10. Katz
    November 21st, 2006 at 12:59 | #10

    “So let’s be clear: Howard reckons, probably shrewdly, that Australians are scared of being invaded at some stage, and expect the US to defend us; to this end we expect our governments to earn credit with the Americans when the opportunity arises.”

    But did Howard, or anyone else in his government, say anything like this?

    I agree that this “insurance policy” approach to relations with the US drives Lib foreign policy thinking.

    And indeed this policy did drive Australian thinking at the time of the decision to send ground troops to Vietnam way back in 1965.

    But as far as I know the policy was never articulated in any public pronouncement to the Australian people. Certainly, the idea had much currency, but what was the connection between what hte government was thinking and what the Australian people convinced themselves to believe?

    “We gain nothing from agnonising over whether the war was right or advanced the Iraqis’ freedom and prosperity.”

    Be that as it may, millions of Americans and Britons are doing exactly that. Should Australians instead agonise about hooking up with these wimps?

  11. November 21st, 2006 at 13:52 | #11

    Instead, he has played the “international mateship� card.

    He has hinted that this is his new ground very recently. Only. It used to be denied.

    For the last 3 years he was very clear about why Australia invaded Iraq.

    Iraq was a dangerous state armed with WMD in clear violation of UN resolutions. It was a threat to us and our allies especially given feared links with Global Terrorists.

    Australians have not let him off on the basis that deep down we really appreciate that he has tucked us safely under Uncle Sam’s wing. Australians have let him off his dirty war because most Australians think that it is not their business to worry about such affairs. And because Iraq probably had it coming to them. And because they protested in 2003 and feel they have done their bit. And that it’s all history now anyway. And that given the way Iraq has turned out, they have lost any sympathy for Iraqis – an emotion which has been over-whelmed by a powerful and general revulsion for the whole tragic place.

    Australians cannot make the link b/w the state the place is in now and the original US invasion. They lack both the information and the political and historical intelligence.

    Don’t over-estimate the Australian public, please.

  12. Katz
    November 21st, 2006 at 14:24 | #12

    WBB, I don’t think any of your explanations for Howard’s immunity from criticism contradict Terje’s initial point.

    “Australians have let him off his dirty war because most Australians think that it is not their business to worry about such affairs.”

    This is probably the case only because Australia has sustained so few casualties. Nevertheless, as matters now stand, you are probably correct.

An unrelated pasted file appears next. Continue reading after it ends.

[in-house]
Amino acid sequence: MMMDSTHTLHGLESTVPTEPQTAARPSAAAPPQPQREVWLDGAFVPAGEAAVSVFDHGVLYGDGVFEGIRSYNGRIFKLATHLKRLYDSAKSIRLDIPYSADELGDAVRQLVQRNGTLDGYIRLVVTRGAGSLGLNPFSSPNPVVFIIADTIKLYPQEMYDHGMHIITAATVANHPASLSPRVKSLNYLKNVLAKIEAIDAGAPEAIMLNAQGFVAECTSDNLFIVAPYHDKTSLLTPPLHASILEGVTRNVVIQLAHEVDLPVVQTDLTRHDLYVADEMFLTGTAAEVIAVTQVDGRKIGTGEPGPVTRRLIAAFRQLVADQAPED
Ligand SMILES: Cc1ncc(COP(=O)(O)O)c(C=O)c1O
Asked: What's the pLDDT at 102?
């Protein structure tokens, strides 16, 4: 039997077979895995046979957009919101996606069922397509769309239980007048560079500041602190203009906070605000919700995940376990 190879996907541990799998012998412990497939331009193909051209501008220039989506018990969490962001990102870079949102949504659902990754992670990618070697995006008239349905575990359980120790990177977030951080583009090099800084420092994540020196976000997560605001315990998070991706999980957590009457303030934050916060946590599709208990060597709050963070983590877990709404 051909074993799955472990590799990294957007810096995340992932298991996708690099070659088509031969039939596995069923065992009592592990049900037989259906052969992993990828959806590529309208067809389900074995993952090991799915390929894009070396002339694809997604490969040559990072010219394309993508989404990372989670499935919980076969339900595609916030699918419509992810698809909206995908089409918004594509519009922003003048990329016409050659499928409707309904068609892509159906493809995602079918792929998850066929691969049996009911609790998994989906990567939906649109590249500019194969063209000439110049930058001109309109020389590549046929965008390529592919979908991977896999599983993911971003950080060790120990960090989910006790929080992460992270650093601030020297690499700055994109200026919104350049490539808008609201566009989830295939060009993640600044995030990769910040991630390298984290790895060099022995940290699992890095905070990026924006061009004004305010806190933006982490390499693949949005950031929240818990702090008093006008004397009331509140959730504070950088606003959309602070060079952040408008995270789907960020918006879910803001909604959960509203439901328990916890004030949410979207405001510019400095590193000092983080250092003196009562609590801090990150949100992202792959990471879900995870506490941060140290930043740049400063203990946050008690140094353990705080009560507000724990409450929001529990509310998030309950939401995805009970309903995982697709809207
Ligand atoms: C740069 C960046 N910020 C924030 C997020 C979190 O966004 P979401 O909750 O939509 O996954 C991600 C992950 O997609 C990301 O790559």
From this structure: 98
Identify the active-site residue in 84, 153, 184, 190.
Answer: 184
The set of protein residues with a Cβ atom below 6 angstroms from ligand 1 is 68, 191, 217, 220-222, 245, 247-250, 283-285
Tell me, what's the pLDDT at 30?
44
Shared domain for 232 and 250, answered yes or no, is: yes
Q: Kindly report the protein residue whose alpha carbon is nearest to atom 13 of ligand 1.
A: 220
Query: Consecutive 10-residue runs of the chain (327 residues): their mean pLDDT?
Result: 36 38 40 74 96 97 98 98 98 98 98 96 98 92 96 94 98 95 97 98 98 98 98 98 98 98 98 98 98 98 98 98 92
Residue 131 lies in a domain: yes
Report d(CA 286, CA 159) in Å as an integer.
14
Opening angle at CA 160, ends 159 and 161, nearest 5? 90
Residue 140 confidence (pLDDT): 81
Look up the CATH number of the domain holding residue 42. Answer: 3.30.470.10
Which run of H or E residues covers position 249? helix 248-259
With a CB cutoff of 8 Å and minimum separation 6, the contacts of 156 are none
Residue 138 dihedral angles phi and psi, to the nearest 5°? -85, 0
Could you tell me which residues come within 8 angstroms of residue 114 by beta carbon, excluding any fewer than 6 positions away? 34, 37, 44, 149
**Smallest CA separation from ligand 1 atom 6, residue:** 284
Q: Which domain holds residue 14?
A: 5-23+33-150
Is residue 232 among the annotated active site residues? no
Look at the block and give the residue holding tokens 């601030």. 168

“And because Iraq probably had it coming to them.”

    Yes. Australians had difficulty in distinguishing between Iraqis as queue-jumpers and potential terrorists and Iraqis as worthy objects of benevolence. Many Australians seem to be capable of believing these two stereotypes simultaneously.

    “And because they protested in 2003 and feel they have done their bit.”

    Yes, it is extraordinary how quickly this sentiment subsided. Many Australians who protested wimply shrugged their shoulders and wandered away.

    “And that it’s all history now anyway.”

    Howard has played the “let’s move on” card brilliantly.

    “And that given the way Iraq has turned out, they have lost any sympathy for Iraqis – an emotion which has been over-whelmed by a powerful and general revulsion for the whole tragic place.”

    This one comes close to suggesting that we’re in in for our mates.

    In general, I read Terje’s comment to suggest that after the WMD pretext was dispensed with, Howard was never challenged to explain the commitment in reasoned terms at all.

    So your comment and Terje’s comment complement and overlap each other.

  13. David Allen
    November 21st, 2006 at 14:29 | #13

    The Age-Online. Note the linkages
    Headline: “Nuclear report lays ambitious plans”
    Sub: “Beazley bags nuclear energy”
    Your say: “Bomber to bow out?”
    Vote: “time to go?”

    So, am to conclude that nuclear is good because Beazley bags it but he’s going so that doesn’t count? If I was Beazley I’d be rope-able about this.

  14. O6
    November 21st, 2006 at 14:33 | #14

    Changing the subject a litte, what about Ziggy?
    At between 20 to 50 per cent more expensive than conventional power, Dr Switkowski says nuclear energy would only be competitive in Australia if there were a recognised cost for greenhouse gas emissions.
    (from the ABC)
    Aren’t wind and solar coming towards this sort of cost differential, so why nuclear in preference?

  15. November 21st, 2006 at 16:56 | #15

    Nuclear can do baseload reliably. Nuclear electricity can be supplied on a despatch basis. Nuclear energy does not depend on secondary storage solutions.

  16. November 21st, 2006 at 17:18 | #16